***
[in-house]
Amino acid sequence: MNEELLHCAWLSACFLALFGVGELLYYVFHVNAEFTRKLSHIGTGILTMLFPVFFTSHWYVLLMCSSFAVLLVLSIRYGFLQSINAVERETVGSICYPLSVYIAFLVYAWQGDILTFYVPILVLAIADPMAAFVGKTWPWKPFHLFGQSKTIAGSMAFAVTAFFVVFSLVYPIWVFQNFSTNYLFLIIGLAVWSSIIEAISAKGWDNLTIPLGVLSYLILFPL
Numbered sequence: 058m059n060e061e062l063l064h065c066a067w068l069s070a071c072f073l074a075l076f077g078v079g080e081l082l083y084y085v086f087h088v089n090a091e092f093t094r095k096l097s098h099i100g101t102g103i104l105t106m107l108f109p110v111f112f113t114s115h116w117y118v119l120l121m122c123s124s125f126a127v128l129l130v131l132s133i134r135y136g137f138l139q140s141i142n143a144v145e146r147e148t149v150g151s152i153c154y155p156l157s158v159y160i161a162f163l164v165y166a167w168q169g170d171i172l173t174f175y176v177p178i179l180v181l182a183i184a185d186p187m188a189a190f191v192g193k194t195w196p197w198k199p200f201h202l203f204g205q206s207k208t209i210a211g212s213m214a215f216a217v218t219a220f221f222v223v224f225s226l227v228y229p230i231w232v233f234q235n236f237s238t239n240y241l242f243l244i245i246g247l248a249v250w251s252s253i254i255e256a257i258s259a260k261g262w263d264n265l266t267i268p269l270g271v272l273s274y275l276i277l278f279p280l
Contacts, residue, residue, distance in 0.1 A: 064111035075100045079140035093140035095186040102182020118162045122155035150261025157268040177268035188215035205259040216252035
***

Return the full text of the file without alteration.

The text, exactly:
[in-house]
Amino acid sequence: MNEELLHCAWLSACFLALFGVGELLYYVFHVNAEFTRKLSHIGTGILTMLFPVFFTSHWYVLLMCSSFAVLLVLSIRYGFLQSINAVERETVGSICYPLSVYIAFLVYAWQGDILTFYVPILVLAIADPMAAFVGKTWPWKPFHLFGQSKTIAGSMAFAVTAFFVVFSLVYPIWVFQNFSTNYLFLIIGLAVWSSIIEAISAKGWDNLTIPLGVLSYLILFPL
Numbered sequence: 058m059n060e061e062l063l064h065c066a067w068l069s070a071c072f073l074a075l076f077g078v079g080e081l082l083y084y085v086f087h088v089n090a091e092f093t094r095k096l097s098h099i100g101t102g103i104l105t106m107l108f109p110v111f112f113t114s115h116w117y118v119l120l121m122c123s124s125f126a127v128l129l130v131l132s133i134r135y136g137f138l139q140s141i142n143a144v145e146r147e148t149v150g151s152i153c154y155p156l157s158v159y160i161a162f163l164v165y166a167w168q169g170d171i172l173t174f175y176v177p178i179l180v181l182a183i184a185d186p187m188a189a190f191v192g193k194t195w196p197w198k199p200f201h202l203f204g205q206s207k208t209i210a211g212s213m214a215f216a217v218t219a220f221f222v223v224f225s226l227v228y229p230i231w232v233f234q235n236f237s238t239n240y241l242f243l244i245i246g247l248a249v250w251s252s253i254i255e256a257i258s259a260k261g262w263d264n265l266t267i268p269l270g271v272l273s274y275l276i277l278f279p280l
Contacts, residue, residue, distance in 0.1 A: 064111035075100045079140035093140035095186040102182020118162045122155035150261025157268040177268035188215035205259040216252035